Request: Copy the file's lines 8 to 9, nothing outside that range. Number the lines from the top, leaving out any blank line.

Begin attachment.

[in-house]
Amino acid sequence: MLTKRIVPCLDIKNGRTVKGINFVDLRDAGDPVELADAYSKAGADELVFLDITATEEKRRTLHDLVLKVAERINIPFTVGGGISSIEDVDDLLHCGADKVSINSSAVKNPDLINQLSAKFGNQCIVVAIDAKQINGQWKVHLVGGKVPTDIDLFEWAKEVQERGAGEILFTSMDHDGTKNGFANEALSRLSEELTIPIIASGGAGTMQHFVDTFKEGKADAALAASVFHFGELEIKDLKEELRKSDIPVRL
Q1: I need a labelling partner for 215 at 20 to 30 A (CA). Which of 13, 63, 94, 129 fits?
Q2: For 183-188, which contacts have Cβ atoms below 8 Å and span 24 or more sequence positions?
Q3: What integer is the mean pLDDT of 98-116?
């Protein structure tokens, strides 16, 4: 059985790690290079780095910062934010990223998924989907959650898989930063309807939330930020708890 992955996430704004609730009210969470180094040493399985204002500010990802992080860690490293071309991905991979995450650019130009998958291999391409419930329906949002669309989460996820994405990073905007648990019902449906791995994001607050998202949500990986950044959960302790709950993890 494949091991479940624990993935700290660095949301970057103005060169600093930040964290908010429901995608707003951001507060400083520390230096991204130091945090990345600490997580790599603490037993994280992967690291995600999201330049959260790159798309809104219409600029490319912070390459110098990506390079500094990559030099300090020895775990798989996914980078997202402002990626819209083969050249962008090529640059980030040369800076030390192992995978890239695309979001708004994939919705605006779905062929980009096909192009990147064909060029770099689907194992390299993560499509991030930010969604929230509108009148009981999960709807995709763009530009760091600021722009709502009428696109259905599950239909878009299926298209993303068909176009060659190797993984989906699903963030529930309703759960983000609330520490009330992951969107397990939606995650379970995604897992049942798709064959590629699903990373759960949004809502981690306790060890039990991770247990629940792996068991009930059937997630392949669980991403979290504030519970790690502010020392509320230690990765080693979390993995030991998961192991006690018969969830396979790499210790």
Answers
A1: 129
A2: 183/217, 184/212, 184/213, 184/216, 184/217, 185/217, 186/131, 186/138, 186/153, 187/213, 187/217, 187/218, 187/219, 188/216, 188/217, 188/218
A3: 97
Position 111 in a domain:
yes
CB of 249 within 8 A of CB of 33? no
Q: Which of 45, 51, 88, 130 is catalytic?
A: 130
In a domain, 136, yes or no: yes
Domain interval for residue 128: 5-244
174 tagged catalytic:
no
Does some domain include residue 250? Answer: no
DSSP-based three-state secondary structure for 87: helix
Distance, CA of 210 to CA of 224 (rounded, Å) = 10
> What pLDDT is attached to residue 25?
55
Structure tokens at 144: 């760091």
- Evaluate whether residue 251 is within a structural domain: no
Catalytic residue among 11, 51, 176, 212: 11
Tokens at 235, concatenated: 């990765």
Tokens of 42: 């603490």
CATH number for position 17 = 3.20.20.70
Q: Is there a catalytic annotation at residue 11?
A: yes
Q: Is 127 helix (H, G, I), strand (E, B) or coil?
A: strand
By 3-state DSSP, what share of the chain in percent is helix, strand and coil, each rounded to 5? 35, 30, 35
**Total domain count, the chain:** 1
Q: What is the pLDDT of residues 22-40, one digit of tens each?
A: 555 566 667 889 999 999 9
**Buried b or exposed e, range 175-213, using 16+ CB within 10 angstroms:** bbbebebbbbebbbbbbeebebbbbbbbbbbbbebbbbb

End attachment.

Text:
A1: 129
A2: 183/217, 184/212, 184/213, 184/216, 184/217, 185/217, 186/131, 186/138, 186/153, 187/213, 187/217, 187/218, 187/219, 188/216, 188/217, 188/218